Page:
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J Clin Invest. 2012 Jun;122(6):2289-300. doi: 10.1172/JCI57817. Epub 2012 May 1.

Glutathione deficiency in type 2 diabetes impairs cytokine responses and control of intracellular bacteria.

Author information

1
Department of Biochemistry, Yong Loo Lin School of Medicine, National University of Singapore, Singapore.

Abstract

Individuals with type 2 diabetes are at increased risk of acquiring melioidosis, a disease caused by Burkholderia pseudomallei infection. Although up to half of melioidosis patients have underlying diabetes, the mechanisms involved in this increased susceptibility are unknown. We found that B. pseudomallei-infected PBMCs from diabetic patients were impaired in IL-12p70 production, which resulted in decreased IFN-γ induction and poor bacterial killing. The defect was specific to the IL-12-IFN-γ axis. Defective IL-12 production was also observed during Mycobacterium tuberculosis infection, in which diabetes is likewise known to be a strong risk factor. In contrast, IL-12 production in diabetic cells was not affected upon Salmonella enterica infection or in response to TLR2, -3, -4, and -5 ligands. Poor IL-12 production correlated with a deficiency in intracellular reduced glutathione (GSH) concentrations in diabetic patients. Addition of GSH or N-acetylcysteine to PBMCs selectively restored IL-12 and IFN-γ production and improved bacterial killing. Furthermore, the depletion of GSH in mice led to increased susceptibility to melioidosis, reduced production of IL-12p70, and poorer disease outcome. Our data thus establish a link between GSH deficiency in diabetes and increased susceptibility to melioidosis that may open up new therapeutic avenues to protect diabetic patients against some intracellular bacterial pathogens.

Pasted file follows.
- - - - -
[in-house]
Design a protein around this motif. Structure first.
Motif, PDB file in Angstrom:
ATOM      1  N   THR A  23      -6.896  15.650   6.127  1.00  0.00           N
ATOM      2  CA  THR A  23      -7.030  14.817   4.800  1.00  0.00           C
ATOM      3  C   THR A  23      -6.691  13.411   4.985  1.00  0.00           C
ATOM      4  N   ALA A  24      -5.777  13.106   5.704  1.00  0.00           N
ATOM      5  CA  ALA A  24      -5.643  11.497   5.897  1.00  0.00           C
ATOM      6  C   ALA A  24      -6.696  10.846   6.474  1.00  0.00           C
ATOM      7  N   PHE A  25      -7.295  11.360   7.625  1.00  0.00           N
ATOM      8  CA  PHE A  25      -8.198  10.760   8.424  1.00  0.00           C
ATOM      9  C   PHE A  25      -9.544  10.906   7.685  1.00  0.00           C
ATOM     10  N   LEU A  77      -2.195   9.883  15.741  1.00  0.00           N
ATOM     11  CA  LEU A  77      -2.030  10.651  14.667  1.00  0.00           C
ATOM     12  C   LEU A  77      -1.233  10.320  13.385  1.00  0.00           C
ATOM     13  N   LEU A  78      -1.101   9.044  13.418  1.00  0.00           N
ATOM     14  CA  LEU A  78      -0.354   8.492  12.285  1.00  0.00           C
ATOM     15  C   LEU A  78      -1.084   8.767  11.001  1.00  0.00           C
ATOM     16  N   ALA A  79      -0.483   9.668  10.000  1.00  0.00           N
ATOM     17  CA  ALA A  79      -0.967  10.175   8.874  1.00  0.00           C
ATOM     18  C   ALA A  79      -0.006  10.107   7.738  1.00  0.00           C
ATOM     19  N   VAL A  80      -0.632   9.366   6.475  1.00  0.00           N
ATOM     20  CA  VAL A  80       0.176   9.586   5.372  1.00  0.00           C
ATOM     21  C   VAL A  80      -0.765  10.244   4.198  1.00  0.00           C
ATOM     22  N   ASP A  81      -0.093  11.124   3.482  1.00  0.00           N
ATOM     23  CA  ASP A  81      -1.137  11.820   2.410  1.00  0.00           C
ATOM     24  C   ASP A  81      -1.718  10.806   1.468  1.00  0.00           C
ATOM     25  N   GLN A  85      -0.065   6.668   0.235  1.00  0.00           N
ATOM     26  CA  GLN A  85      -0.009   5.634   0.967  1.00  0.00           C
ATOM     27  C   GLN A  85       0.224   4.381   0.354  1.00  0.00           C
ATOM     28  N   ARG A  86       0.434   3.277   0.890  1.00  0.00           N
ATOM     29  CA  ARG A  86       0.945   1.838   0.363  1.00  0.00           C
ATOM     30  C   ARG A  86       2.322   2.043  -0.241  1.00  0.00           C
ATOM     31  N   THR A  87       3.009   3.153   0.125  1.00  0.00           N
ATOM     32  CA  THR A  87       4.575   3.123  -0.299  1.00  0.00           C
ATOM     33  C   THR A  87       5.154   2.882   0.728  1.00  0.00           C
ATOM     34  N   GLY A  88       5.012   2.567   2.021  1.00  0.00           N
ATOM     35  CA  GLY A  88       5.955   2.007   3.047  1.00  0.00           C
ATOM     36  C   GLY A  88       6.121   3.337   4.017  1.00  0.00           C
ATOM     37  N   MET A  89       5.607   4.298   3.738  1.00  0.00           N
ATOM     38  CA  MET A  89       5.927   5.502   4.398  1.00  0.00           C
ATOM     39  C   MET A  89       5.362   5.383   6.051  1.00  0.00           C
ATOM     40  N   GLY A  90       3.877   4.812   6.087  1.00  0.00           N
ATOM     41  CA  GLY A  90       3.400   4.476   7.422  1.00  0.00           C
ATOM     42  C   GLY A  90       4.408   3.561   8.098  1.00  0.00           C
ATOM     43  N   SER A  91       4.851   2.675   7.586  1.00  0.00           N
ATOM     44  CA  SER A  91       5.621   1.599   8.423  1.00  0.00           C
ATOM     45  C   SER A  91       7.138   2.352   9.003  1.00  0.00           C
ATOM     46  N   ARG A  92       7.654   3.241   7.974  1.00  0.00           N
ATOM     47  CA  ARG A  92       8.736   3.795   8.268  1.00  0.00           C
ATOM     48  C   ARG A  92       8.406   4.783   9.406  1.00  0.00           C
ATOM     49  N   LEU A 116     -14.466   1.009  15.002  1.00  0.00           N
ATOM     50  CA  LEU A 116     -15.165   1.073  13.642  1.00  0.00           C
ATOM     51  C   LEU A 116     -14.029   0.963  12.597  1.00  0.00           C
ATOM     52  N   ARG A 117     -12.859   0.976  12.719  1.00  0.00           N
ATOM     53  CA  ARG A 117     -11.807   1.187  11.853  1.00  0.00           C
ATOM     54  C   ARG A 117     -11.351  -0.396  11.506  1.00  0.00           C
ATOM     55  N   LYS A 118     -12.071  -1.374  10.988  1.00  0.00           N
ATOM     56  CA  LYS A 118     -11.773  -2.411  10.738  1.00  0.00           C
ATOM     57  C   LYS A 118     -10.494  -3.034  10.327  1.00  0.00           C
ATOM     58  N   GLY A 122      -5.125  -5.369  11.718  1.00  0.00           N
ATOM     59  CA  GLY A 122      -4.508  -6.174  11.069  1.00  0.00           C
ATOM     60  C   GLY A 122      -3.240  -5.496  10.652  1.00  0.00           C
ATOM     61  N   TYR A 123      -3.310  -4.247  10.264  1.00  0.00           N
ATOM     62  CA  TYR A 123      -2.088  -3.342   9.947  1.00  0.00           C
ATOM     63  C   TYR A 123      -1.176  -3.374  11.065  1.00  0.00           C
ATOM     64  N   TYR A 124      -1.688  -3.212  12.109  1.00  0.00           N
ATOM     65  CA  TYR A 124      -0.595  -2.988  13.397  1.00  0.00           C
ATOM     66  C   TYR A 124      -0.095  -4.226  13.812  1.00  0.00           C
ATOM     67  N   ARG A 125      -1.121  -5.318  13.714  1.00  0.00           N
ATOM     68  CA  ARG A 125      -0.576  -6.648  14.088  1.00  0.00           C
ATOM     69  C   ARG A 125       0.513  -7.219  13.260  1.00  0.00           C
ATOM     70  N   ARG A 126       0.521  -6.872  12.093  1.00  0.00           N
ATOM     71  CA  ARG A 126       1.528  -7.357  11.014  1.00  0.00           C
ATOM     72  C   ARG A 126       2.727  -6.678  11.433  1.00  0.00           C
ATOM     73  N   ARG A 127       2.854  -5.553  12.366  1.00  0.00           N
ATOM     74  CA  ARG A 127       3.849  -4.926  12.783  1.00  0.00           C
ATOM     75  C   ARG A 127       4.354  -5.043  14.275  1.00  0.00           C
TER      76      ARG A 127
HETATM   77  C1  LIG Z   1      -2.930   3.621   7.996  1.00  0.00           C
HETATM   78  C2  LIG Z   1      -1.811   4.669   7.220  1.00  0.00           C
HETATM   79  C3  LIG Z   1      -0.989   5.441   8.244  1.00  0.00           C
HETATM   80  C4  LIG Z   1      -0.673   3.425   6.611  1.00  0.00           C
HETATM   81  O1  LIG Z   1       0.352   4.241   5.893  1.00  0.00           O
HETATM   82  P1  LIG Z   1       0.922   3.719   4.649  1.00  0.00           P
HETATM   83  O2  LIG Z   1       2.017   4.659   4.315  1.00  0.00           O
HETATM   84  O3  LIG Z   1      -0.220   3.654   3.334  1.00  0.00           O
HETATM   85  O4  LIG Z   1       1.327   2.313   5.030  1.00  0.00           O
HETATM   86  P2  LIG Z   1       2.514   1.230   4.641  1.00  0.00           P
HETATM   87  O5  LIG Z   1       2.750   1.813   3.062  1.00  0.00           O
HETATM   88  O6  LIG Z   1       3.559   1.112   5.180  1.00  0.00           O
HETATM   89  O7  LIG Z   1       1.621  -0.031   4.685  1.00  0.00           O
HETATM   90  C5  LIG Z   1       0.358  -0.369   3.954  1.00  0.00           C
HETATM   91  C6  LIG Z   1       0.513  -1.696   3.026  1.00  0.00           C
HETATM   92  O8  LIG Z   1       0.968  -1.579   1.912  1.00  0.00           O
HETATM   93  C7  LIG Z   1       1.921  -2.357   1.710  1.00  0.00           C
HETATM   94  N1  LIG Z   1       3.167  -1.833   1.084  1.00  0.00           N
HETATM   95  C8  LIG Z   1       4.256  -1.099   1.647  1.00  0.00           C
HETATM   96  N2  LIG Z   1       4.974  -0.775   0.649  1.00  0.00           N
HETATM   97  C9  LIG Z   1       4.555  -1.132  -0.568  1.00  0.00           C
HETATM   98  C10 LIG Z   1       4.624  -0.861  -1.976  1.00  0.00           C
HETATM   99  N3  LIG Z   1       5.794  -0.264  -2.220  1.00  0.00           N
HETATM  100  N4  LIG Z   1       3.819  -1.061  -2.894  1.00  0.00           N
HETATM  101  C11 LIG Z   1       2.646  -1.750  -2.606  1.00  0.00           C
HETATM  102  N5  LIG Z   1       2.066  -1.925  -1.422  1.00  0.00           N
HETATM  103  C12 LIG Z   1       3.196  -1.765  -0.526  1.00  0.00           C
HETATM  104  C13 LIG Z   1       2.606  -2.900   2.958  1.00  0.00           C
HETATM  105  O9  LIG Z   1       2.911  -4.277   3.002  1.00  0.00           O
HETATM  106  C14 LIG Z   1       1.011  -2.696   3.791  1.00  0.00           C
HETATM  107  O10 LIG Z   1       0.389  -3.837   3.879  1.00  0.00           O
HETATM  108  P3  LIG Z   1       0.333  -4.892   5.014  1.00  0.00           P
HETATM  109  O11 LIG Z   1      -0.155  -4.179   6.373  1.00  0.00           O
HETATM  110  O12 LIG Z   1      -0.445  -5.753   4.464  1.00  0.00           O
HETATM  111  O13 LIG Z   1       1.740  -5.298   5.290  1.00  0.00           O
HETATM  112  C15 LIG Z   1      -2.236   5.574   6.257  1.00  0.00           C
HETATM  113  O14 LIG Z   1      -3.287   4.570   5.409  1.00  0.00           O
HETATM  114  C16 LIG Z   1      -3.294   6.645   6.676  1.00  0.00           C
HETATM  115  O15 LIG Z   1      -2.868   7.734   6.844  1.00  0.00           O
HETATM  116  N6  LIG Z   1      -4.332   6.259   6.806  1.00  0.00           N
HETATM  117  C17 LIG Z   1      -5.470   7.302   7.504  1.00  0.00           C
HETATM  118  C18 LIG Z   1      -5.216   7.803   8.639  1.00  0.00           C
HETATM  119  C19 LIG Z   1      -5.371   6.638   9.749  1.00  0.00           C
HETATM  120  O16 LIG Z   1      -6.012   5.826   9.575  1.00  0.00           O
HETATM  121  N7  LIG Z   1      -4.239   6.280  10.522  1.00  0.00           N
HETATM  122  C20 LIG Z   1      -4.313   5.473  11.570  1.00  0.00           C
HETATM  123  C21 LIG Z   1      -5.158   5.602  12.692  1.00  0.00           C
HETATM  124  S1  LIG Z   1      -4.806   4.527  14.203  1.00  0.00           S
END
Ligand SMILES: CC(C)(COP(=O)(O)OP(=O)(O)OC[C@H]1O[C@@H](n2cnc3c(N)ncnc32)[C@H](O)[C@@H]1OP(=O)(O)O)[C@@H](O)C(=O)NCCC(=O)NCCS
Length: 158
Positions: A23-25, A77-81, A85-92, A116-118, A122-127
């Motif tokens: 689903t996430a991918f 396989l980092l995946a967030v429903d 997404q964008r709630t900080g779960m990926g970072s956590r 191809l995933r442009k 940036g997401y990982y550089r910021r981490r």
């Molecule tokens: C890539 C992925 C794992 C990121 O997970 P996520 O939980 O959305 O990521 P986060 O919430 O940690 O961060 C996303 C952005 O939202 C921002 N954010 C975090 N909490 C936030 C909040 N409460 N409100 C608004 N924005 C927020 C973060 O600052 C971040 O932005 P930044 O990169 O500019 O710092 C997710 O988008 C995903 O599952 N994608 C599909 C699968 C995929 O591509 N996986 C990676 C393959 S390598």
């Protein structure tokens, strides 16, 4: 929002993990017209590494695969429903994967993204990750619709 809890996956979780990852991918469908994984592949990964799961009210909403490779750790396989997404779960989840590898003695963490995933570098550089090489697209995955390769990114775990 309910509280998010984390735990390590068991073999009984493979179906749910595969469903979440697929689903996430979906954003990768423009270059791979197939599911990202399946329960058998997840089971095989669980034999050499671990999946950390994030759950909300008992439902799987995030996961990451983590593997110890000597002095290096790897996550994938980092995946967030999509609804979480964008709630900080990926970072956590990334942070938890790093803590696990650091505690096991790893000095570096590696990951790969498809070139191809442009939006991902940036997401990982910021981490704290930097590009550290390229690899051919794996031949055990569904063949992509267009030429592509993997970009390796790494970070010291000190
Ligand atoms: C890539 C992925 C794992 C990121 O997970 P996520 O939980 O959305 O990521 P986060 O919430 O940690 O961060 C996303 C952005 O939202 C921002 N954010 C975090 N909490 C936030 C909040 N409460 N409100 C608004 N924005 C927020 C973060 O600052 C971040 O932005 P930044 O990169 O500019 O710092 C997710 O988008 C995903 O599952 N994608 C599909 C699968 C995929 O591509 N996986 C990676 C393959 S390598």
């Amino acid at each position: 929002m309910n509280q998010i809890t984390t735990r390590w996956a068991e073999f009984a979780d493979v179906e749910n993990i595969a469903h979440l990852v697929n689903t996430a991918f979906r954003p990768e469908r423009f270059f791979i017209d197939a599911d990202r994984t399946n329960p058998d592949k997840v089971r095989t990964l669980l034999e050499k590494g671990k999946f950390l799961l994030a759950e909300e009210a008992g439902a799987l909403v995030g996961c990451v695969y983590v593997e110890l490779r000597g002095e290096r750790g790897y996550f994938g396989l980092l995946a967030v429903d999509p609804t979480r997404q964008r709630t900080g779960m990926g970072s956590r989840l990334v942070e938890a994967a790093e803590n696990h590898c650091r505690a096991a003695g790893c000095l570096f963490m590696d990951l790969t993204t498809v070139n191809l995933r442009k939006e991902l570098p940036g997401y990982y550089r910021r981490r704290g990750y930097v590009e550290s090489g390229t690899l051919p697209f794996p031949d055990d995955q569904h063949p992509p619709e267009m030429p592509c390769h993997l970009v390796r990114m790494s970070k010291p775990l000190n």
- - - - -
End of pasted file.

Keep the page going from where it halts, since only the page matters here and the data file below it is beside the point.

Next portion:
PMID:
22546856
PMCID:
PMC3366396
DOI:
10.1172/JCI57817
[Indexed for MEDLINE]
Free PMC Article

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